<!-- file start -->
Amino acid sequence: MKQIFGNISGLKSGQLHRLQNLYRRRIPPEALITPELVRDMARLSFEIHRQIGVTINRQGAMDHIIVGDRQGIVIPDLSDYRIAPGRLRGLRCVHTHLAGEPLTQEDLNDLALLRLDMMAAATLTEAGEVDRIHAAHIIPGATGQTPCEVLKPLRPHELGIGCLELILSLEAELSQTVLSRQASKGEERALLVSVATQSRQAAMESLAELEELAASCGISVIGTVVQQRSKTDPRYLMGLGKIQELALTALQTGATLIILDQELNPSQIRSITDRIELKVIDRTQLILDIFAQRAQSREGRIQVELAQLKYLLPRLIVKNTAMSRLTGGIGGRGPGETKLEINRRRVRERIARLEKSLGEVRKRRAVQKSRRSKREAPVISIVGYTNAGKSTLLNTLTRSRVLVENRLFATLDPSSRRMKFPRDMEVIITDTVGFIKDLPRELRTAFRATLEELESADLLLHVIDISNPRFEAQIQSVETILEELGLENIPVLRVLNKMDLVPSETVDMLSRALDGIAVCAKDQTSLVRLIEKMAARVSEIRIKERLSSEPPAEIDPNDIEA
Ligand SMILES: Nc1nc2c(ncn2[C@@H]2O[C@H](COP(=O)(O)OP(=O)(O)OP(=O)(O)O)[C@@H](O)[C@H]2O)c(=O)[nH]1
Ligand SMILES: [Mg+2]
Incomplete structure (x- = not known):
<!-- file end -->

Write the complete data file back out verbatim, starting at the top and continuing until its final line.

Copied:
Amino acid sequence: MKQIFGNISGLKSGQLHRLQNLYRRRIPPEALITPELVRDMARLSFEIHRQIGVTINRQGAMDHIIVGDRQGIVIPDLSDYRIAPGRLRGLRCVHTHLAGEPLTQEDLNDLALLRLDMMAAATLTEAGEVDRIHAAHIIPGATGQTPCEVLKPLRPHELGIGCLELILSLEAELSQTVLSRQASKGEERALLVSVATQSRQAAMESLAELEELAASCGISVIGTVVQQRSKTDPRYLMGLGKIQELALTALQTGATLIILDQELNPSQIRSITDRIELKVIDRTQLILDIFAQRAQSREGRIQVELAQLKYLLPRLIVKNTAMSRLTGGIGGRGPGETKLEINRRRVRERIARLEKSLGEVRKRRAVQKSRRSKREAPVISIVGYTNAGKSTLLNTLTRSRVLVENRLFATLDPSSRRMKFPRDMEVIITDTVGFIKDLPRELRTAFRATLEELESADLLLHVIDISNPRFEAQIQSVETILEELGLENIPVLRVLNKMDLVPSETVDMLSRALDGIAVCAKDQTSLVRLIEKMAARVSEIRIKERLSSEPPAEIDPNDIEA
Ligand SMILES: Nc1nc2c(ncn2[C@@H]2O[C@H](COP(=O)(O)OP(=O)(O)OP(=O)(O)O)[C@@H](O)[C@H]2O)c(=O)[nH]1
Ligand SMILES: [Mg+2]
Incomplete structure (x- = not known):